Old men who wear hats are really bad drivers

Say what?!?!  Those exact words came out of a participant’s mouth during a training I was giving.  The entire group agreed.  Wholeheartedly.  Emphatically.  Vehemently.  As strong as the moon’s pull is on the tides, their belief was unshakable.

Seeing patterns in the waves of information we process every day is as common as craving ice cream on a hot day.  Seeing a pattern is another way of making an assumption or making a generalization. We see a pattern and we assume the pattern is true and right and that it will continue.

For example we have to assume that the sun will rise tomorrow. Questioning everything and anything is a recipe for mental imbalance. We have to make assumptions or we’d go crazy.  It’s natural.

Seeing patterns where none exist though is also, unfortunately, very common.

Fill in the blanks:

_______ are good at math

_______ are bad drivers

_______ are good dancers

Chances are it was easy for you to fill in the blanks.

Generalizations are slippery and seductive and very easy to come by.  When the generalizations or patterns don’t exist however, or when they are harmful, there’s another word for them.


I imagine that my client really did see an older man wearing a hat who was a bad driver.  The individual likely chatted about their experience with a colleague.  Their radar got tuned in to a laser point.  Trouble is they didn’t see the old men who didn’t wear hats who were bad drivers or the young men who didn’t wear hats who were bad drivers or the old men who wore hats who were good drivers or the men who were bald who were bad drivers or…..  The possibilities are endless and dizzying.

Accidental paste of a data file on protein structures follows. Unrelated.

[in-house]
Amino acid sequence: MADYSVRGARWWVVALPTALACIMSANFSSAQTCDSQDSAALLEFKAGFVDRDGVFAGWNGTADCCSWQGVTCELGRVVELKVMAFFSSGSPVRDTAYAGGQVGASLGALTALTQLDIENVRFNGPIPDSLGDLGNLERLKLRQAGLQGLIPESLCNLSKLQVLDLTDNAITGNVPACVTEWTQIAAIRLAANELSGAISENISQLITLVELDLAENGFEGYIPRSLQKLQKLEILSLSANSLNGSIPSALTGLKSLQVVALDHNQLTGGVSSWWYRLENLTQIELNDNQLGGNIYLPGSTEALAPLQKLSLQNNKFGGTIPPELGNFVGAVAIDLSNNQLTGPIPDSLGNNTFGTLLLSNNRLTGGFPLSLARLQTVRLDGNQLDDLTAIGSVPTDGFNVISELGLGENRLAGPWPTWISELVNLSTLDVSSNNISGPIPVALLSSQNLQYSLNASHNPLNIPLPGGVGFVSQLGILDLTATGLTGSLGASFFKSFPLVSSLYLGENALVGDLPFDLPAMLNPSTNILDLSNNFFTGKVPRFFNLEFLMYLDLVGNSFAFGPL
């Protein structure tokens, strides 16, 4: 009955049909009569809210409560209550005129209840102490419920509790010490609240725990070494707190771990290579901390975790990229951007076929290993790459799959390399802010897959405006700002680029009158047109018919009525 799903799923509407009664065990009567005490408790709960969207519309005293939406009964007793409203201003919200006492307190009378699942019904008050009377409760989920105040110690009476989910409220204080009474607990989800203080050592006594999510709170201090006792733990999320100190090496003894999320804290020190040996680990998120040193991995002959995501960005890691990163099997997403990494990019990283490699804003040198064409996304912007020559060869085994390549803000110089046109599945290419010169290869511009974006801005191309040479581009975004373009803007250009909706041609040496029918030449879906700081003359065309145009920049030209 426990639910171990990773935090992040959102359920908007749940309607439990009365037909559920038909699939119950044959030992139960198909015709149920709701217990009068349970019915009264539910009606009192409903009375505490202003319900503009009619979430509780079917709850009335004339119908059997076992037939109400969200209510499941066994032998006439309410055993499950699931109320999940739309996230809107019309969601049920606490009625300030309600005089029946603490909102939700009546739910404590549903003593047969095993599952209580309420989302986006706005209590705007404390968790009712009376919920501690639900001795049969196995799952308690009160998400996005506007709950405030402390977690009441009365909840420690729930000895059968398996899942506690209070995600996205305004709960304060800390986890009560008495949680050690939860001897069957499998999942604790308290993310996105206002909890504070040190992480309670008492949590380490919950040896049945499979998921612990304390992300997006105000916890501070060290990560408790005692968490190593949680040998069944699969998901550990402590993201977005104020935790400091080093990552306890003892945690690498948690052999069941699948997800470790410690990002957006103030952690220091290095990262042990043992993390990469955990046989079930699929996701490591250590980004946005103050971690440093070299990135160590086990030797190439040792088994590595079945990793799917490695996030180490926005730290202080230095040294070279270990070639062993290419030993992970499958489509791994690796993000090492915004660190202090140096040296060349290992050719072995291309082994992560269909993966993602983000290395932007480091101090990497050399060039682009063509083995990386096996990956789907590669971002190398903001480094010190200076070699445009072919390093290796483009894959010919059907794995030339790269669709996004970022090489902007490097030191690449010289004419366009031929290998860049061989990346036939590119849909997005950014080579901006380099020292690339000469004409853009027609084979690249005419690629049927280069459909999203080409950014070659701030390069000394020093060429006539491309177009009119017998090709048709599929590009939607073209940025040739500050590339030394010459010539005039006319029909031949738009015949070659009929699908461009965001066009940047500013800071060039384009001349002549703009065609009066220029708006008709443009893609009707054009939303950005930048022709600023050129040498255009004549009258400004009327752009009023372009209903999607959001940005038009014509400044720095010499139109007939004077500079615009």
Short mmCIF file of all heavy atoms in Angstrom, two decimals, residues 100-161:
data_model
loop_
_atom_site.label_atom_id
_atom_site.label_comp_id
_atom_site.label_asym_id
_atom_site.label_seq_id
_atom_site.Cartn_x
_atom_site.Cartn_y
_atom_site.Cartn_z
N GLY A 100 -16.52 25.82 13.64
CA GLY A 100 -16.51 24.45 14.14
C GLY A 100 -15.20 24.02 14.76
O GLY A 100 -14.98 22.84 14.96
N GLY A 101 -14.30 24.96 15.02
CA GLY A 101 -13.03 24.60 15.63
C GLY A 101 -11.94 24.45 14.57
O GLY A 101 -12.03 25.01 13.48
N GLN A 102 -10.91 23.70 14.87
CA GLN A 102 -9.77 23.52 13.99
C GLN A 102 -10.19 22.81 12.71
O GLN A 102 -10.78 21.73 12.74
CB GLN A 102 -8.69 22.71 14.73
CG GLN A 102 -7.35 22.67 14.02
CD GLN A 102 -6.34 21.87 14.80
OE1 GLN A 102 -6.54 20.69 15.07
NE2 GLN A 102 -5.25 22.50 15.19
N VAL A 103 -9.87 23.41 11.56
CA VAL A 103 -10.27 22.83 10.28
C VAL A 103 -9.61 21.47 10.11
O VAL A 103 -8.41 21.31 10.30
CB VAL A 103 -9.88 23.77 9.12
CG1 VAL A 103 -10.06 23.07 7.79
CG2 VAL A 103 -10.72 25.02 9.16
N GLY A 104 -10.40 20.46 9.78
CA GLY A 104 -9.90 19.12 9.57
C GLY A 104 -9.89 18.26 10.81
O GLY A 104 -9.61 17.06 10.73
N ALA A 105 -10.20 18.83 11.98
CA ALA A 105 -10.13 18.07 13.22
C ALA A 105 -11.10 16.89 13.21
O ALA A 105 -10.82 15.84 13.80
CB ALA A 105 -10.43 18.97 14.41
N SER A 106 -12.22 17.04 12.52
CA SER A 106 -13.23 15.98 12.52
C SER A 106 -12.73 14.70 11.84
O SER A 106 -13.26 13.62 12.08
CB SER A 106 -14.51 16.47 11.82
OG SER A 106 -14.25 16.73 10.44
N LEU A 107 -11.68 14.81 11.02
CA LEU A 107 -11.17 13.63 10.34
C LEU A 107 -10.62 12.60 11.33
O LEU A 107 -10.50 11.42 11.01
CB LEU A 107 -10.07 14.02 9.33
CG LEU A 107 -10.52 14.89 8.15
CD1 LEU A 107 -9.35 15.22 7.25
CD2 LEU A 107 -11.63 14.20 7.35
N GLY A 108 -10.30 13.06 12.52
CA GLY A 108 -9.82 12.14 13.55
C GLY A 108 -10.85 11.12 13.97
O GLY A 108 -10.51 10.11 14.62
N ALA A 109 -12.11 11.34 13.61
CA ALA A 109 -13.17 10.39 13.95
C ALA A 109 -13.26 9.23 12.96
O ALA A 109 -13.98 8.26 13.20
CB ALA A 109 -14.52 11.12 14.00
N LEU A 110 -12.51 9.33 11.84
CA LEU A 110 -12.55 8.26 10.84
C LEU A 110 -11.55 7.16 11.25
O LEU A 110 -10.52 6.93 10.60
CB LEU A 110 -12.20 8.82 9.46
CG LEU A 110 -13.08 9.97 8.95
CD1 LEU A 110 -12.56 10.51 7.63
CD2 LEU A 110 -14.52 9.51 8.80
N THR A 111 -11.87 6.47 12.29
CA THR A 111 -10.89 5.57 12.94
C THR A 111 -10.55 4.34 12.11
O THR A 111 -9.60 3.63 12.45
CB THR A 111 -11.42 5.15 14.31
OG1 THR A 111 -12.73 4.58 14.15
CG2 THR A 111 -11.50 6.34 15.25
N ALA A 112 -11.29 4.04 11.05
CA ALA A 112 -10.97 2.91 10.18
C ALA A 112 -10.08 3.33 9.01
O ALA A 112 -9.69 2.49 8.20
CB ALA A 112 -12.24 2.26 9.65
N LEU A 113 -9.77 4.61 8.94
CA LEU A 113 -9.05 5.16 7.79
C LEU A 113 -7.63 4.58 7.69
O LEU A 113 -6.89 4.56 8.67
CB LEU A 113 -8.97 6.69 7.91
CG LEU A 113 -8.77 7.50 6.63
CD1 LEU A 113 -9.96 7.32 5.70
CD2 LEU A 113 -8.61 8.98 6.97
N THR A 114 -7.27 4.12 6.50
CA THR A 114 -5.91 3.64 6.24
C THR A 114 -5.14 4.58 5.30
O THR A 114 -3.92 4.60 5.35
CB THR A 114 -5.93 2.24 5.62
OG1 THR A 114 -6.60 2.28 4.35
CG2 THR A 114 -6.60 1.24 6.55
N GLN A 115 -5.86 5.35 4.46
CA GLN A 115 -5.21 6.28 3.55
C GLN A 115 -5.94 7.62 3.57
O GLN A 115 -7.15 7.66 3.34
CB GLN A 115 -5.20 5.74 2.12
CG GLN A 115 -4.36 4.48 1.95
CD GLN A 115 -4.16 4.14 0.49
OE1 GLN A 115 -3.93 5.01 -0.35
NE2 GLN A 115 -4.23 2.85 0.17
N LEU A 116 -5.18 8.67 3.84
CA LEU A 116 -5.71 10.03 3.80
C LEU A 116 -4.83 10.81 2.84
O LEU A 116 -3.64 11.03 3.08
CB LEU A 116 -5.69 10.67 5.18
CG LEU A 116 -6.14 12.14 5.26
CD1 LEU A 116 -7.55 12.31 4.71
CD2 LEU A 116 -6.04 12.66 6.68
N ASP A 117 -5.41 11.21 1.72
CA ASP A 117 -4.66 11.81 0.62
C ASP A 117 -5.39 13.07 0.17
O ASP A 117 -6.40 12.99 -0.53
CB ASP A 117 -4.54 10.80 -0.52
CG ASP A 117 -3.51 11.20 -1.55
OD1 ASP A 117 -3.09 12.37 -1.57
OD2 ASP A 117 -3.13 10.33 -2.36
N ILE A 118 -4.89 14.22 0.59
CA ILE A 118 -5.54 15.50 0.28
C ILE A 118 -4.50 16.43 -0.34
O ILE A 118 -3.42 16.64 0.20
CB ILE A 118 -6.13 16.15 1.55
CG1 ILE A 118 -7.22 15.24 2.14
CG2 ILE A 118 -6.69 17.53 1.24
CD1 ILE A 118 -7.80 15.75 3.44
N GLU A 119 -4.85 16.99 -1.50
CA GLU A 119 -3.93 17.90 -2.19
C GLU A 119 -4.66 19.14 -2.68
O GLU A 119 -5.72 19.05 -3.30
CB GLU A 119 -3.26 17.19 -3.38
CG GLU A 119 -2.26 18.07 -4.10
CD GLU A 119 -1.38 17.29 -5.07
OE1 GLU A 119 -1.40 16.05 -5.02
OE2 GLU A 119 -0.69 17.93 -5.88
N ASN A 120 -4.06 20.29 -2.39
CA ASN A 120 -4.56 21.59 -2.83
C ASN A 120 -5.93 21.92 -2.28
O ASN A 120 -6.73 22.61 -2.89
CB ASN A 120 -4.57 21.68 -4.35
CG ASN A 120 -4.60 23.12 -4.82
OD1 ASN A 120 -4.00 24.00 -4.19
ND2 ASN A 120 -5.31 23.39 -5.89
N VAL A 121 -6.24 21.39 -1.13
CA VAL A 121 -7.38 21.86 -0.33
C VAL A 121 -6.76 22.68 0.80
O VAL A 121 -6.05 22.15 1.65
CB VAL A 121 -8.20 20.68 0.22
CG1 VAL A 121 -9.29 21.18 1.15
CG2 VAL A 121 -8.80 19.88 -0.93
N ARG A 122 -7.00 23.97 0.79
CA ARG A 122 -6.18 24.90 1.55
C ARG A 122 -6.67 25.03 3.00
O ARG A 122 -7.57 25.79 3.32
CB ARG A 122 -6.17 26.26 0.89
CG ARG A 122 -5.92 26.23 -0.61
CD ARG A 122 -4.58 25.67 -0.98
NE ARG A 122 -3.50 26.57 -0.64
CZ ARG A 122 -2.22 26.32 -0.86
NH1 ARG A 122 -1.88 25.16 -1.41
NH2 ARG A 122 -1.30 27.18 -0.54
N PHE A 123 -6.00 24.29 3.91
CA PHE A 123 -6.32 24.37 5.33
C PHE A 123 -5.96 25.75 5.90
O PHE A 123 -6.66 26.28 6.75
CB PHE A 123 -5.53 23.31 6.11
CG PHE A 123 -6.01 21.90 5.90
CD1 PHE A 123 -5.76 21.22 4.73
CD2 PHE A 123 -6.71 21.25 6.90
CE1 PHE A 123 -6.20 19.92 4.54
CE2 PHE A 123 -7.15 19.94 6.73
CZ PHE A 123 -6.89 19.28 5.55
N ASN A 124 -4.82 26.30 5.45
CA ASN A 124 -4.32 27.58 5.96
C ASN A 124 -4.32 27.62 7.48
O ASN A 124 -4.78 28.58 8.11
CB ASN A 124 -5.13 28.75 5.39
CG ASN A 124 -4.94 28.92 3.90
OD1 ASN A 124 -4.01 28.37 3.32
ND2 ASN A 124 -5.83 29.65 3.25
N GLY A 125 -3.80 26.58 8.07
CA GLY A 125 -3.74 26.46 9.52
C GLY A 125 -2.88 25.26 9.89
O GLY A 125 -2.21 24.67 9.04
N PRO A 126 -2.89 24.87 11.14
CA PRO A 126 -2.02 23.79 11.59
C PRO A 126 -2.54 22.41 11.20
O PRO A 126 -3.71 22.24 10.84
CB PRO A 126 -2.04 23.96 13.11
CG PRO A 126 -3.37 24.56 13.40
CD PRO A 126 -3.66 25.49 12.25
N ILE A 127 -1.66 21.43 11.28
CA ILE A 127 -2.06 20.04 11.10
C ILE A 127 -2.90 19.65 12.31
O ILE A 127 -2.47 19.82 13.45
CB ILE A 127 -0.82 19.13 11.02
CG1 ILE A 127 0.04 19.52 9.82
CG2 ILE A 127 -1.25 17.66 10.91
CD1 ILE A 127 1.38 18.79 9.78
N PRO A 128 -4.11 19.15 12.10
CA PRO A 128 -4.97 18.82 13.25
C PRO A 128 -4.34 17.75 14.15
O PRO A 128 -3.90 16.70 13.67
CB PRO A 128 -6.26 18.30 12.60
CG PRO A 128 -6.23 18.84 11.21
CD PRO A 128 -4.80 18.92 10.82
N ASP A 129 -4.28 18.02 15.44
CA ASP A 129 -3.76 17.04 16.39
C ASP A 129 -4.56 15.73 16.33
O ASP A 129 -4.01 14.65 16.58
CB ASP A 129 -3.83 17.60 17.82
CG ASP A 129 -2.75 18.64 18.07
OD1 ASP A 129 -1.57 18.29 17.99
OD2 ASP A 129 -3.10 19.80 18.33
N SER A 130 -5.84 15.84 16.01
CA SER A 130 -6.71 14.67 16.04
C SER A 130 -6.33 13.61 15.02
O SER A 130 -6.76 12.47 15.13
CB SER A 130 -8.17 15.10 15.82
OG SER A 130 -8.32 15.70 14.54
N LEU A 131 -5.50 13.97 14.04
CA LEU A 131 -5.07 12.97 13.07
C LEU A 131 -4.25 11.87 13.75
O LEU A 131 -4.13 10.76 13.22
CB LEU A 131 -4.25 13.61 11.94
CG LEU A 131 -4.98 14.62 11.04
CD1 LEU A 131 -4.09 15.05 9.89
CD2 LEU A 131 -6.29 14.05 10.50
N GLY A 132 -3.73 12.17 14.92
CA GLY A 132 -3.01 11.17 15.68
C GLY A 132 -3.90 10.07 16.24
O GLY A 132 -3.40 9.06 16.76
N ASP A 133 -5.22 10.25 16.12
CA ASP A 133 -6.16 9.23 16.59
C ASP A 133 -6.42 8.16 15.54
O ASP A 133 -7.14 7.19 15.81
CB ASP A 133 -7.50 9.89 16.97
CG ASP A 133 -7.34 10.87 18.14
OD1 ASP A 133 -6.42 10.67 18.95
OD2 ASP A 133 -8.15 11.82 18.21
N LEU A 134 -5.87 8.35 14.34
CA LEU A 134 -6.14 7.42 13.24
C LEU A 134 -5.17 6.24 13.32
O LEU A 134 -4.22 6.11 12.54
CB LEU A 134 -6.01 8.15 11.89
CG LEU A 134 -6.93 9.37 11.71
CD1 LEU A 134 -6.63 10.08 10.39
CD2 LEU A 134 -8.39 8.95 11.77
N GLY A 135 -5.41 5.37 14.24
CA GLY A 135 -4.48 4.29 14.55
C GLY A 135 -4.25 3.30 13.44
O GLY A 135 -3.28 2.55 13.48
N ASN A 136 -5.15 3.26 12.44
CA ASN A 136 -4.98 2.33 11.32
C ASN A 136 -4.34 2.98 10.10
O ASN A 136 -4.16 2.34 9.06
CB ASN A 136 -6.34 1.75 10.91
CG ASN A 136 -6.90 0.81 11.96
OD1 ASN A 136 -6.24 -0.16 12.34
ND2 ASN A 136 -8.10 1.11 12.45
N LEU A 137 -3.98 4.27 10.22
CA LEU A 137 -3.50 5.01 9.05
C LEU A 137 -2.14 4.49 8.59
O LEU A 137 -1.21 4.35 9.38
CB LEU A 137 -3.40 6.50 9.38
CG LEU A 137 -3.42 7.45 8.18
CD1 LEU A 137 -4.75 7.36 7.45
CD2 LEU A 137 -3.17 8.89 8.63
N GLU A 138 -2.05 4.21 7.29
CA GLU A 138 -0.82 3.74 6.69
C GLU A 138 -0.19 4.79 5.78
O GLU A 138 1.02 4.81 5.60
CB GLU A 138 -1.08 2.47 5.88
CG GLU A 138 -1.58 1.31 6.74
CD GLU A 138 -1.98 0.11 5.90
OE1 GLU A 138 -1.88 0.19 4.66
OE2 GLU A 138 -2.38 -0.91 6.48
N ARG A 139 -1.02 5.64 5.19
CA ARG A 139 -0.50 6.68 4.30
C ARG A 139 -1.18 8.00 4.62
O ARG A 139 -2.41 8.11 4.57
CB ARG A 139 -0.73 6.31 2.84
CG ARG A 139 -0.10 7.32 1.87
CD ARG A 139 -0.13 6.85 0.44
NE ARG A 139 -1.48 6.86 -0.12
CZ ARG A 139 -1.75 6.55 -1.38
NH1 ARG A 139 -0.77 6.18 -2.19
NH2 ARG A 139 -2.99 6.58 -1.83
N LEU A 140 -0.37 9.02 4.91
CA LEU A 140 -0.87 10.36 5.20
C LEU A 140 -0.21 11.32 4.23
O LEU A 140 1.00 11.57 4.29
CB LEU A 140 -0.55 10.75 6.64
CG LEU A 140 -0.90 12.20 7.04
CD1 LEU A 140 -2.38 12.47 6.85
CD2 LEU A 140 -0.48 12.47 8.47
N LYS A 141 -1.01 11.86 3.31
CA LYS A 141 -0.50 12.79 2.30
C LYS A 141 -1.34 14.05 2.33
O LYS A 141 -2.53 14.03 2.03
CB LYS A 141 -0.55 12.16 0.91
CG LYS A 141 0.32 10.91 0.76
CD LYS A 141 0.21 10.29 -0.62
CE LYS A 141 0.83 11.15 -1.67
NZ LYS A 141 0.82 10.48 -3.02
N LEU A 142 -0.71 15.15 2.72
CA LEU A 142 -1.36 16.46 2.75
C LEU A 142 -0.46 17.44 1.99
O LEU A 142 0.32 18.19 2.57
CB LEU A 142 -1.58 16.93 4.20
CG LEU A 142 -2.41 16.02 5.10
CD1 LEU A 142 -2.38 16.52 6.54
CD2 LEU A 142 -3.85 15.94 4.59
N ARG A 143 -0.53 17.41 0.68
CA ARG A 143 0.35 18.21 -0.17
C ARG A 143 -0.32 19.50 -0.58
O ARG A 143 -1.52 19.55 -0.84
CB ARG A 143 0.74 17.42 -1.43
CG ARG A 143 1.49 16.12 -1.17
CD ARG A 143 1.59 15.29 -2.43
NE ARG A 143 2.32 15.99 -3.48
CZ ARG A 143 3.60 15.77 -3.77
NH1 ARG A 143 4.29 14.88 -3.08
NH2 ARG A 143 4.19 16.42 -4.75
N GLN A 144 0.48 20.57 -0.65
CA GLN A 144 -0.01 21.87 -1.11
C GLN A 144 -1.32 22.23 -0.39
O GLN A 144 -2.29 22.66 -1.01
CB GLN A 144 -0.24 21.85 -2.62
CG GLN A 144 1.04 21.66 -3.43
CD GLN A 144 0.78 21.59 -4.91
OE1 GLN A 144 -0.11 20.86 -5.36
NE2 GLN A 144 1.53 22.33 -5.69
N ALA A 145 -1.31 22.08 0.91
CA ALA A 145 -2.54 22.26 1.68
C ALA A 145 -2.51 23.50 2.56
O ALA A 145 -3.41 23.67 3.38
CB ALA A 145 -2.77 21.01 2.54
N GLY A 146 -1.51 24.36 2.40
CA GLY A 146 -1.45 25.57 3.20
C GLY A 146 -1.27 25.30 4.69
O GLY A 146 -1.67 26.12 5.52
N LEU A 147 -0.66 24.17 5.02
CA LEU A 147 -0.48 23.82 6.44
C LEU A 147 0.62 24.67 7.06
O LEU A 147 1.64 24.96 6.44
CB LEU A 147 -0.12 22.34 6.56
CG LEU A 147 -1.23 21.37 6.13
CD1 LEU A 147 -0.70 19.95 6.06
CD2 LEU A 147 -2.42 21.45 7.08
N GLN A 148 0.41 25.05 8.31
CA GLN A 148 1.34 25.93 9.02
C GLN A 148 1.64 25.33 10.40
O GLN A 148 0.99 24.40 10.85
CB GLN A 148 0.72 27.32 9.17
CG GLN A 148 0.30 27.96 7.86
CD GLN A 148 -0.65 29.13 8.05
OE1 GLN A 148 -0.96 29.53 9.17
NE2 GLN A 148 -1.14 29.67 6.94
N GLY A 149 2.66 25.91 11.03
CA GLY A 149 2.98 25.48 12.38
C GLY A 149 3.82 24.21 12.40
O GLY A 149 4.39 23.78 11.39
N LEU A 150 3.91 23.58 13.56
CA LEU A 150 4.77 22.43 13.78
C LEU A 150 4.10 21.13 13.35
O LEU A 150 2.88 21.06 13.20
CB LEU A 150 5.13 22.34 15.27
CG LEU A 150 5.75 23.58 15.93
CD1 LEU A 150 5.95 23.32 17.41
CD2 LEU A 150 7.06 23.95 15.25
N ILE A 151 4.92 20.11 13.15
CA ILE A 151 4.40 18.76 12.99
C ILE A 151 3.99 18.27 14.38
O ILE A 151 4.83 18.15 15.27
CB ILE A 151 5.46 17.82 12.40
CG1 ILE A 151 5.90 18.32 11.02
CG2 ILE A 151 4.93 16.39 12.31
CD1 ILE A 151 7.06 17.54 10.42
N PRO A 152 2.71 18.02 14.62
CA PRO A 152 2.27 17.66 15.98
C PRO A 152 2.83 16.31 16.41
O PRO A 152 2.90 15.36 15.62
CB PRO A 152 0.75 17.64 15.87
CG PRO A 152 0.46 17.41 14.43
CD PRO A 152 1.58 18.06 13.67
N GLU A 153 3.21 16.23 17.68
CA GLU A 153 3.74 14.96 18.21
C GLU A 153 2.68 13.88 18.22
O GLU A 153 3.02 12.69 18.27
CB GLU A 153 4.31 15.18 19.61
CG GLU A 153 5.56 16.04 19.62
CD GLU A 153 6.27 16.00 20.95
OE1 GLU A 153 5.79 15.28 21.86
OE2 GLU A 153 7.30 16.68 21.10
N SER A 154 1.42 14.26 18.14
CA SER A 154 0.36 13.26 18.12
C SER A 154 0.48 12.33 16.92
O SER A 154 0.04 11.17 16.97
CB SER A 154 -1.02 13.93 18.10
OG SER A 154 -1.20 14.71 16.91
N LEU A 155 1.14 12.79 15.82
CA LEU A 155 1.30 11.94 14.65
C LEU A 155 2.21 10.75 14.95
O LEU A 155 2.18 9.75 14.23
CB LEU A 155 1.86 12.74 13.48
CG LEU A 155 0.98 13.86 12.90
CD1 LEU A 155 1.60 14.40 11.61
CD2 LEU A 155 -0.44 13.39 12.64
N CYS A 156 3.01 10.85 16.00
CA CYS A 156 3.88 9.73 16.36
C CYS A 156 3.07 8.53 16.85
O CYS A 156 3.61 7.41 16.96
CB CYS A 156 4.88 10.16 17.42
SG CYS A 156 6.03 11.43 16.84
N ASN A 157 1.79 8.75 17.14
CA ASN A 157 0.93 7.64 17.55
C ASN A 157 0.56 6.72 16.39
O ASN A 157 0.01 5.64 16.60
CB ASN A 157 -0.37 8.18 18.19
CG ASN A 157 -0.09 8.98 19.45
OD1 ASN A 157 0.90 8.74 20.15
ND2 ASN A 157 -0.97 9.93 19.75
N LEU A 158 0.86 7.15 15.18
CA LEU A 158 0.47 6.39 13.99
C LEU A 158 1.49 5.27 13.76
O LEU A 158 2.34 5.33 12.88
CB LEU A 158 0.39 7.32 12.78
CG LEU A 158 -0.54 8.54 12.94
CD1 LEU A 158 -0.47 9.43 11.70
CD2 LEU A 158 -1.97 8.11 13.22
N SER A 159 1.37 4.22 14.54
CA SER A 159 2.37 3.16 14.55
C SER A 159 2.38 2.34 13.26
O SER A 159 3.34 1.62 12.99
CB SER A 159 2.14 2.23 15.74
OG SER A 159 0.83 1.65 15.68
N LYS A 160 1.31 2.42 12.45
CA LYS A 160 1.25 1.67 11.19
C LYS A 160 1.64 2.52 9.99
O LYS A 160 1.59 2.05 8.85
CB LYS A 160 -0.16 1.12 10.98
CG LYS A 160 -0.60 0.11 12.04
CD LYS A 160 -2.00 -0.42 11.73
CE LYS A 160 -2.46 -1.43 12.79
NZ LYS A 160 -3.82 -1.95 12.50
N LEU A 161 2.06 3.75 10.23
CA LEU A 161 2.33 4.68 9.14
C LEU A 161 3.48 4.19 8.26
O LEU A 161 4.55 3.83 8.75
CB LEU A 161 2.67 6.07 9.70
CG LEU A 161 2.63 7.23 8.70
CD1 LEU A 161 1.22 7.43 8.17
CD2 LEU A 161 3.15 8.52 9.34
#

Trouble is one or two instances of seeing an old guy with a hat driving badly became a pattern with no basis.  What does a hat have to do with driving (unless of course it’s obscuring your vision but I imagine that wasn’t the case)?  It’s ridiculous.

Try telling that to someone who holds a stereotype.


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2 Responses to “Old men who wear hats are really bad drivers”

  1. The curse of the fedoraed driver, or the pitfalls of false categorisations | realsafzoro Says:
    October 3rd, 2016 at 6:41 am

    […] Of course that’s nonsense. But it sounds like it might be true, and a lot of people of my generation believe headgear predicts cruddy motoring technique. […]

  2. Lee-Anne Ragan Says:
    October 3rd, 2016 at 10:56 am

    Thanks for your comment Kate. I enjoyed reading your post – “When we see something or someone that annoys us, the natural thing to do is to try to make sense of it and predict future behaviour by creating a category.” So true – especially based on our all too human need to belong, which can make us do some pretty weird stuff.

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